But: If a plastic coating or lining is applied to the surface of a paper or board-based material (e.g. as a water/ grease barrier), the resultant product is a composite product that is composed of more than one material, one of which is made of plastics. Thus, according to the current interpretation, papers or boards with a plastic coating or lining are within the scope of the Directive. A lower threshold for a “mass percentage” of plastic(s) does not exist; with the exception of coatings with natural, non-chemically modified polymers (e.g. native starches, MFC, nanocellulose). Regenerated cellulose, e.g. in the form of a viscose, lyocell or cellulose film, is not considered to be chemically modified.
However, polymers obtained by artificial cultivation or fermentation processes in the industry, e.g. polyhydroxyalkanoates (PHAs) or polylactic acid (PLA), are not considered natural polymers, because they are not the result of a polymerisation process that has taken place in nature. Also, chemically modified natural polymers (cellulose acetate, starch ether, or the like) are deemed to be plastics under the regulatory framework when used for single-use products. It seems that the definition of “plastic” as “polymer” according to REACH also contemplates silicones in paper/board coatings which are so far not explicitly regulated in the FCM section of the Plastics Regulation 10/2011.
Fig. 2: Products governed by Single-Use Plastic regulations
Apart from the ban of certain products such as cotton bud sticks, cutlery (especially forks, knives, spoons, chopsticks), plates, straws, beverage stirrers, support sticks to be attached to balloons, food containers made of expanded polystyrene, or products made from oxo-degradable plastic, the Directive also provides for a consumption reduction on certain products and packagings by 2026 as compared to the condition in 2022. These products include cups for beverages, inclusive of their covers and lids, and food containers (receptacles such as boxes for food) intended for immediate consumption either on-the-spot or take-away, if the food is consumed from the receptacle and without any further preparation.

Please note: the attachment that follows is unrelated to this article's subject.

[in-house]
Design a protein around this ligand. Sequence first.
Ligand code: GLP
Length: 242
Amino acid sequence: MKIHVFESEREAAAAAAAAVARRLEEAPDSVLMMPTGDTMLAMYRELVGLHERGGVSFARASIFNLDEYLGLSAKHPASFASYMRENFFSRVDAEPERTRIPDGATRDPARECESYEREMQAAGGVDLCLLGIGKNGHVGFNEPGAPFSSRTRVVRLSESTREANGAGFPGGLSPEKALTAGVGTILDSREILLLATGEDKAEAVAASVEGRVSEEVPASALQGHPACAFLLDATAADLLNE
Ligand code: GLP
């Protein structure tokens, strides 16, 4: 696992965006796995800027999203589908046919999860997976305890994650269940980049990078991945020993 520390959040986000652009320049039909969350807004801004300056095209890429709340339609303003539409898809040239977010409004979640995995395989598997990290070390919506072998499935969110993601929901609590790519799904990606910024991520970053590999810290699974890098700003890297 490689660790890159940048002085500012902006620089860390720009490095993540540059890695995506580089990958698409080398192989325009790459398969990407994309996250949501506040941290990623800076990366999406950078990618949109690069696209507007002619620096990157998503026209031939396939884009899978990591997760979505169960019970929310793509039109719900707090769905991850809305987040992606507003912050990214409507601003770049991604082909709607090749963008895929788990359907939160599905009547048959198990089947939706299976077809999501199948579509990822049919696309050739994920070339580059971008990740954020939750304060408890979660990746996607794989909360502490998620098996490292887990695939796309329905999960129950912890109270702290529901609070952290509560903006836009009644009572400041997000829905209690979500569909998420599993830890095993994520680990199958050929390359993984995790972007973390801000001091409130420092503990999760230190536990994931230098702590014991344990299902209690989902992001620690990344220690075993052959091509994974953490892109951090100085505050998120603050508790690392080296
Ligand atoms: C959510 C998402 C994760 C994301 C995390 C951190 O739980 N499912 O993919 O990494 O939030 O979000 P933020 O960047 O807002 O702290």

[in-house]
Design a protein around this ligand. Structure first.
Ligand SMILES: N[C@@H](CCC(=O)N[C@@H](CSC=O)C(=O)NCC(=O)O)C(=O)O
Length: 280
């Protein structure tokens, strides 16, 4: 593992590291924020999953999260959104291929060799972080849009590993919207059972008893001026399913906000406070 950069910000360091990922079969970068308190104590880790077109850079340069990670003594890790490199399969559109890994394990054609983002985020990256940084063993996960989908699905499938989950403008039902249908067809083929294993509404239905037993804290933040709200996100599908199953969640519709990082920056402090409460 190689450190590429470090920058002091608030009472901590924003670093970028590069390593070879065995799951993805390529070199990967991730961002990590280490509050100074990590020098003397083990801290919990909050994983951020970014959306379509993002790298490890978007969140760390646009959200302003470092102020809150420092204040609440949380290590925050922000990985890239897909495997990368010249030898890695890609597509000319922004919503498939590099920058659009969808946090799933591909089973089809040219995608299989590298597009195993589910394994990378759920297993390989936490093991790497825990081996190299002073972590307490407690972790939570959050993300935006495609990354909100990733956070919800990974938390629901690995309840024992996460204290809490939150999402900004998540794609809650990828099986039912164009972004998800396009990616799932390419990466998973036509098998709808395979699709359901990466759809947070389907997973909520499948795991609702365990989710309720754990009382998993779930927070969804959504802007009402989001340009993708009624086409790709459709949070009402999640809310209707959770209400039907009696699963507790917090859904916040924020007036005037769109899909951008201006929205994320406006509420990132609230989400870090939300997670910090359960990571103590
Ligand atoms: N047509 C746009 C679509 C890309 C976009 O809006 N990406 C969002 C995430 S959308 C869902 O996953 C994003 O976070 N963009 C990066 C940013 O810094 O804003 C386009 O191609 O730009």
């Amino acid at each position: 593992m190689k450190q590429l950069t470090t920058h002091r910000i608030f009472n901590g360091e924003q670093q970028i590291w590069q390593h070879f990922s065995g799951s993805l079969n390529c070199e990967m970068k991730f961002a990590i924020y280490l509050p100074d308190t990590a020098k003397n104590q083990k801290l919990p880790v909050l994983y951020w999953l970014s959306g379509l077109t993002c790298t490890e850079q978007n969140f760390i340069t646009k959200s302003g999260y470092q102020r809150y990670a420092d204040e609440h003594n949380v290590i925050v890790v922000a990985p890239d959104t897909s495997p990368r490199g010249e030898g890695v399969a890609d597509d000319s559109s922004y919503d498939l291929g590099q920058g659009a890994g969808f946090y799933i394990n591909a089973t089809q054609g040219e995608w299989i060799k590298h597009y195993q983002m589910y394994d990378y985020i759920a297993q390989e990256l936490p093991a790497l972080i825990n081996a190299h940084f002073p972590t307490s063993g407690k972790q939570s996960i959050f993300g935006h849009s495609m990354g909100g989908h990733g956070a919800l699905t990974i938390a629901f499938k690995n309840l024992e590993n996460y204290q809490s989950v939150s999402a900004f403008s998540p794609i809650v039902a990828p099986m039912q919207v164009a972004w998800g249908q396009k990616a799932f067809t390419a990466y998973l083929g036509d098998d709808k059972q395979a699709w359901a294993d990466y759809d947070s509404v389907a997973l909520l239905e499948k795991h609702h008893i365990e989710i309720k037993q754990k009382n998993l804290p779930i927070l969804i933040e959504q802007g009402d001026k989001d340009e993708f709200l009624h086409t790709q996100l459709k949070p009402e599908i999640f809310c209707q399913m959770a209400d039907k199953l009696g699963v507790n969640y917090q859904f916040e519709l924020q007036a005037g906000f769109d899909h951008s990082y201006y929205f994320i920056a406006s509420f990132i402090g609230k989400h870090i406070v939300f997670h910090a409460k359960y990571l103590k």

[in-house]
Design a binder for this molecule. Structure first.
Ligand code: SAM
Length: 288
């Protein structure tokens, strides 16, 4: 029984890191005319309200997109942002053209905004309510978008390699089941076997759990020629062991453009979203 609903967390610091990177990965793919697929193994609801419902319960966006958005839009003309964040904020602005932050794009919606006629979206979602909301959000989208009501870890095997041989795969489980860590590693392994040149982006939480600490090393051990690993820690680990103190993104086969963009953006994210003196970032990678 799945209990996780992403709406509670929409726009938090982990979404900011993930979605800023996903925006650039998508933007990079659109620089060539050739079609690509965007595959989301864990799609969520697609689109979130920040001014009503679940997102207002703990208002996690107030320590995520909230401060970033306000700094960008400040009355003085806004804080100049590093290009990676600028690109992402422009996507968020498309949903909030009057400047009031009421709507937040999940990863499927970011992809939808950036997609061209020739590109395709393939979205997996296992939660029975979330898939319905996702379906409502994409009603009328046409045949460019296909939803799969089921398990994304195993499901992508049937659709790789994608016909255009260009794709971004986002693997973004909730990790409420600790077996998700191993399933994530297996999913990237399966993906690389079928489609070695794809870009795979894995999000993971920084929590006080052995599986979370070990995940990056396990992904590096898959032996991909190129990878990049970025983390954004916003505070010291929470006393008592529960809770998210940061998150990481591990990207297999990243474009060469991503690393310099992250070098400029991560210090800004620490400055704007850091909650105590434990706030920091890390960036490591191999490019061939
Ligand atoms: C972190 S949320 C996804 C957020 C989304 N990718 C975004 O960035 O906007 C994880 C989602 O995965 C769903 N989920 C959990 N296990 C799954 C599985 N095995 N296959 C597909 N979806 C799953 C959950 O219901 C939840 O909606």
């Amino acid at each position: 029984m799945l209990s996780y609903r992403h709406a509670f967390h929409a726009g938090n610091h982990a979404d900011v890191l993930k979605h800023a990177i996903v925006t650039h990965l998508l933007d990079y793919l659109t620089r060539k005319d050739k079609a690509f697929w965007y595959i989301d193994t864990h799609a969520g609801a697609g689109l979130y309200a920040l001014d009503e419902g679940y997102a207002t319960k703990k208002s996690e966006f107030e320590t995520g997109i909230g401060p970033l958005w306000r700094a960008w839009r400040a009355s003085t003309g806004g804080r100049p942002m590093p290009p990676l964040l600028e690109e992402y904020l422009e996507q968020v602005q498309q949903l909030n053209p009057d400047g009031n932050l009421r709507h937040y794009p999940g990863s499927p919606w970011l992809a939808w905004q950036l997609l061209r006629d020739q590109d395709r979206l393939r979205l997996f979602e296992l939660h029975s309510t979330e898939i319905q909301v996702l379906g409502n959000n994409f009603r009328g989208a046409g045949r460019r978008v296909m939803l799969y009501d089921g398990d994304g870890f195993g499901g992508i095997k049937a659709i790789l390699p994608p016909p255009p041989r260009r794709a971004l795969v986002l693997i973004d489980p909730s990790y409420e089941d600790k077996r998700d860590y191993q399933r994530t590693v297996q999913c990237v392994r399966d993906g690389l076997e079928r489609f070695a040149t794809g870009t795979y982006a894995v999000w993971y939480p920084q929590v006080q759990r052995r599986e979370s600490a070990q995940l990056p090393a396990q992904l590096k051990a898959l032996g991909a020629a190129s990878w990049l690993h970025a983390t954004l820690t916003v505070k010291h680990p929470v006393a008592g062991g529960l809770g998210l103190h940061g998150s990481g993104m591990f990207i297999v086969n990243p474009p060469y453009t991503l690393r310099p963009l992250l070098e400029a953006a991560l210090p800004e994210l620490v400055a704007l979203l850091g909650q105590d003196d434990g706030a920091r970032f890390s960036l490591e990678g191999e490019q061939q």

Moreover, the extended producer responsibility requires producers to establish and take over the cost for raising customer awareness for packaging waste and return systems (collection, transport, treatment). Within the scope of raising customer awareness, single-use plastic products must bear a clearly visible, clearly legible and indelible marking “plastic in product” as of 3 July 2021. A transitional provision allows products to be marked with labels for a transitional period ending July 2022. Specific symbols for single- use plastic markings are prescribed (see Fig. 1).
Options for action PTS will gladly be your partner for consultation and testing of alternative product developments that are outside the scope of SUPD but will provide the desired barrier effect against grease, water or migrating substances, and will be food-compliant and recyclable. Laboratory and pilot plants, as well as a broad portfolio of measuring and test services are available. PTS also offers analytical or other services confirming the absence of polymers for the purpose of the REACH Regulation.
Dr. Antje Harling,